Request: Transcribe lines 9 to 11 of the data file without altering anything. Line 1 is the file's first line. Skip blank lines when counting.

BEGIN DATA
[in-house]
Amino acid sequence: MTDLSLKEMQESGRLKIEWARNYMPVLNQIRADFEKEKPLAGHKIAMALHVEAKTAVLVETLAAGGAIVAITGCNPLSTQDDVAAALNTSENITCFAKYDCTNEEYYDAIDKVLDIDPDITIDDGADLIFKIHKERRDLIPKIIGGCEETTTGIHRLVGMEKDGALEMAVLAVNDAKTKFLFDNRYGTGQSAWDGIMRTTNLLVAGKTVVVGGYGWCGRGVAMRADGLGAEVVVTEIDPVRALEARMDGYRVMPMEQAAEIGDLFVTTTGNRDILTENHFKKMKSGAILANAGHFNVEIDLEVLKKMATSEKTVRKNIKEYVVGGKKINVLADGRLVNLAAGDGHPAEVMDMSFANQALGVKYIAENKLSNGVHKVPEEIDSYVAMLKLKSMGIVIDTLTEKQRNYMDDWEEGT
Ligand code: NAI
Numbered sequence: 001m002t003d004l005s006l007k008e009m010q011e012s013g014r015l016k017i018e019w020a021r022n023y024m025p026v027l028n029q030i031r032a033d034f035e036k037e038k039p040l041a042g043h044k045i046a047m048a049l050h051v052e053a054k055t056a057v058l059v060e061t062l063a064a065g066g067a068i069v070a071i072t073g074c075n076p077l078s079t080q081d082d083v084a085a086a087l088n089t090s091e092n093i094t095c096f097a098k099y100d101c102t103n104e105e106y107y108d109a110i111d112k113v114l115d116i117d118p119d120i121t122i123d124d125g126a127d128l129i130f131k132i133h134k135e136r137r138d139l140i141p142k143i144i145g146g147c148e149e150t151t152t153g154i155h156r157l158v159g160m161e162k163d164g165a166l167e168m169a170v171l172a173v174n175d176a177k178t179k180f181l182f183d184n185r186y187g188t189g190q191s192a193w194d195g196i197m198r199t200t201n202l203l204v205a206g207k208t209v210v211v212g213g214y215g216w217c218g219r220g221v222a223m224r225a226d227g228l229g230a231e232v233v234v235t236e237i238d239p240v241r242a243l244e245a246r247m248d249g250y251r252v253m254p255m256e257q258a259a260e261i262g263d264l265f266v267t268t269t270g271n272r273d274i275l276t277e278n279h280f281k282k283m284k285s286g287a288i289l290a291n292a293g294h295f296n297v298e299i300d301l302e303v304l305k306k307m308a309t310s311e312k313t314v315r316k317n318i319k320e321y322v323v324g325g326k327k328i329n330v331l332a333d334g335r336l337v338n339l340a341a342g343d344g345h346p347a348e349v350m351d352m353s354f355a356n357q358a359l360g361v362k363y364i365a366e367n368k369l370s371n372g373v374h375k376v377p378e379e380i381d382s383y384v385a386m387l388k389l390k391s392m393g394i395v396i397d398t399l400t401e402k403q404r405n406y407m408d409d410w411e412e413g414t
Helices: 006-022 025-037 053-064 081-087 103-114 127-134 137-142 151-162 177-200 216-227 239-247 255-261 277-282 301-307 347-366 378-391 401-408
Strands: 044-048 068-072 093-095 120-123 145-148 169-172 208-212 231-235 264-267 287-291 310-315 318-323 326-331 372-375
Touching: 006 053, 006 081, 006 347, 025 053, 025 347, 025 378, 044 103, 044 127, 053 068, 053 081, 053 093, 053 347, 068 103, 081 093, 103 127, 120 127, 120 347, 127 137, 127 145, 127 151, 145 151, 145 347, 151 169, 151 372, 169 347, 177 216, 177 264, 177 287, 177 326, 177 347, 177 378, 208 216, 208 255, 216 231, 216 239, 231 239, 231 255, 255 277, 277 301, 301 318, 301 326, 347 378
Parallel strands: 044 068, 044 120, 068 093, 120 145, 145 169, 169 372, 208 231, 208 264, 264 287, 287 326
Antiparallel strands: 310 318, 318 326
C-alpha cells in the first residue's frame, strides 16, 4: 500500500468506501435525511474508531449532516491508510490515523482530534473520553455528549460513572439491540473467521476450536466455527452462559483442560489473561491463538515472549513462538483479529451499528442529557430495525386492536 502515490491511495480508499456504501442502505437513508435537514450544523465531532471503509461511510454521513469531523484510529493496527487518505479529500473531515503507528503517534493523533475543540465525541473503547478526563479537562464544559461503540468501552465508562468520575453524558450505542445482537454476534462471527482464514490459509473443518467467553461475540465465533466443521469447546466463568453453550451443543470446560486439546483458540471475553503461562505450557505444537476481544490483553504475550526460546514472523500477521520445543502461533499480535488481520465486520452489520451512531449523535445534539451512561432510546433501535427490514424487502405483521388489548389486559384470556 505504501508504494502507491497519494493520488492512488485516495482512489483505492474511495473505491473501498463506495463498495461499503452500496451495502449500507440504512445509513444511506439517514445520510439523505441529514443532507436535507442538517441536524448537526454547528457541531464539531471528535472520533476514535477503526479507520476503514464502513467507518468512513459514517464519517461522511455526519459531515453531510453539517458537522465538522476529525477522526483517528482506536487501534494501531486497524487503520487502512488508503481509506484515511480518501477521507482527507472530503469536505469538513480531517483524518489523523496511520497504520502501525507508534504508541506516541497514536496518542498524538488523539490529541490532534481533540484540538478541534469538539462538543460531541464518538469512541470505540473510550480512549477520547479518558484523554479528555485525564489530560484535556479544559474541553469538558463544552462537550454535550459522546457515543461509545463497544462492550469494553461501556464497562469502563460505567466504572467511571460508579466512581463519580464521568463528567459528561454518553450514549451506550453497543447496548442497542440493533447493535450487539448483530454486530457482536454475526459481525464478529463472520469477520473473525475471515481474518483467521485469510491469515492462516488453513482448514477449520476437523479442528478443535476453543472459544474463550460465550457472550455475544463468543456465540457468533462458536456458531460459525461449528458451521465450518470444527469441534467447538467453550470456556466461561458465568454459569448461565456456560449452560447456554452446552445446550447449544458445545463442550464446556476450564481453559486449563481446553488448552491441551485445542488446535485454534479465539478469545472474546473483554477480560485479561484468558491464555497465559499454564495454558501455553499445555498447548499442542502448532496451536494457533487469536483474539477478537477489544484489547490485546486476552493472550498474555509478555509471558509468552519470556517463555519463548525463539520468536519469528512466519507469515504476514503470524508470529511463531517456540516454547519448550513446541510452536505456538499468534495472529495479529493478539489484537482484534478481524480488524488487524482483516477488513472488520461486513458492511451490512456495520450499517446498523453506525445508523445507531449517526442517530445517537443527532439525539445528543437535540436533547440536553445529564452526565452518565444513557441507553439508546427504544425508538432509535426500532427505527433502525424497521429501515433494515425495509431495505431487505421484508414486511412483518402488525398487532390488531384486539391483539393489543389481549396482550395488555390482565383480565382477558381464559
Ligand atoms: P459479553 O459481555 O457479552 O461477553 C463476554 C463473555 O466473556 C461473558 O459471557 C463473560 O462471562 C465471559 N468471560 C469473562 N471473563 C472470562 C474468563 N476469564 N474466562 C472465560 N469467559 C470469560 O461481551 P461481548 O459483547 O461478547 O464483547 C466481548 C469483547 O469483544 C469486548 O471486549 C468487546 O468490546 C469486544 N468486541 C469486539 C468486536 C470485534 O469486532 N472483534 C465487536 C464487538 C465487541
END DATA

Antiparallel strands: 310 318, 318 326
C-alpha cells in the first residue's frame, strides 16, 4: 500500500468506501435525511474508531449532516491508510490515523482530534473520553455528549460513572439491540473467521476450536466455527452462559483442560489473561491463538515472549513462538483479529451499528442529557430495525386492536 502515490491511495480508499456504501442502505437513508435537514450544523465531532471503509461511510454521513469531523484510529493496527487518505479529500473531515503507528503517534493523533475543540465525541473503547478526563479537562464544559461503540468501552465508562468520575453524558450505542445482537454476534462471527482464514490459509473443518467467553461475540465465533466443521469447546466463568453453550451443543470446560486439546483458540471475553503461562505450557505444537476481544490483553504475550526460546514472523500477521520445543502461533499480535488481520465486520452489520451512531449523535445534539451512561432510546433501535427490514424487502405483521388489548389486559384470556 505504501508504494502507491497519494493520488492512488485516495482512489483505492474511495473505491473501498463506495463498495461499503452500496451495502449500507440504512445509513444511506439517514445520510439523505441529514443532507436535507442538517441536524448537526454547528457541531464539531471528535472520533476514535477503526479507520476503514464502513467507518468512513459514517464519517461522511455526519459531515453531510453539517458537522465538522476529525477522526483517528482506536487501534494501531486497524487503520487502512488508503481509506484515511480518501477521507482527507472530503469536505469538513480531517483524518489523523496511520497504520502501525507508534504508541506516541497514536496518542498524538488523539490529541490532534481533540484540538478541534469538539462538543460531541464518538469512541470505540473510550480512549477520547479518558484523554479528555485525564489530560484535556479544559474541553469538558463544552462537550454535550459522546457515543461509545463497544462492550469494553461501556464497562469502563460505567466504572467511571460508579466512581463519580464521568463528567459528561454518553450514549451506550453497543447496548442497542440493533447493535450487539448483530454486530457482536454475526459481525464478529463472520469477520473473525475471515481474518483467521485469510491469515492462516488453513482448514477449520476437523479442528478443535476453543472459544474463550460465550457472550455475544463468543456465540457468533462458536456458531460459525461449528458451521465450518470444527469441534467447538467453550470456556466461561458465568454459569448461565456456560449452560447456554452446552445446550447449544458445545463442550464446556476450564481453559486449563481446553488448552491441551485445542488446535485454534479465539478469545472474546473483554477480560485479561484468558491464555497465559499454564495454558501455553499445555498447548499442542502448532496451536494457533487469536483474539477478537477489544484489547490485546486476552493472550498474555509478555509471558509468552519470556517463555519463548525463539520468536519469528512466519507469515504476514503470524508470529511463531517456540516454547519448550513446541510452536505456538499468534495472529495479529493478539489484537482484534478481524480488524488487524482483516477488513472488520461486513458492511451490512456495520450499517446498523453506525445508523445507531449517526442517530445517537443527532439525539445528543437535540436533547440536553445529564452526565452518565444513557441507553439508546427504544425508538432509535426500532427505527433502525424497521429501515433494515425495509431495505431487505421484508414486511412483518402488525398487532390488531384486539391483539393489543389481549396482550395488555390482565383480565382477558381464559
Ligand atoms: P459479553 O459481555 O457479552 O461477553 C463476554 C463473555 O466473556 C461473558 O459471557 C463473560 O462471562 C465471559 N468471560 C469473562 N471473563 C472470562 C474468563 N476469564 N474466562 C472465560 N469467559 C470469560 O461481551 P461481548 O459483547 O461478547 O464483547 C466481548 C469483547 O469483544 C469486548 O471486549 C468487546 O468490546 C469486544 N468486541 C469486539 C468486536 C470485534 O469486532 N472483534 C465487536 C464487538 C465487541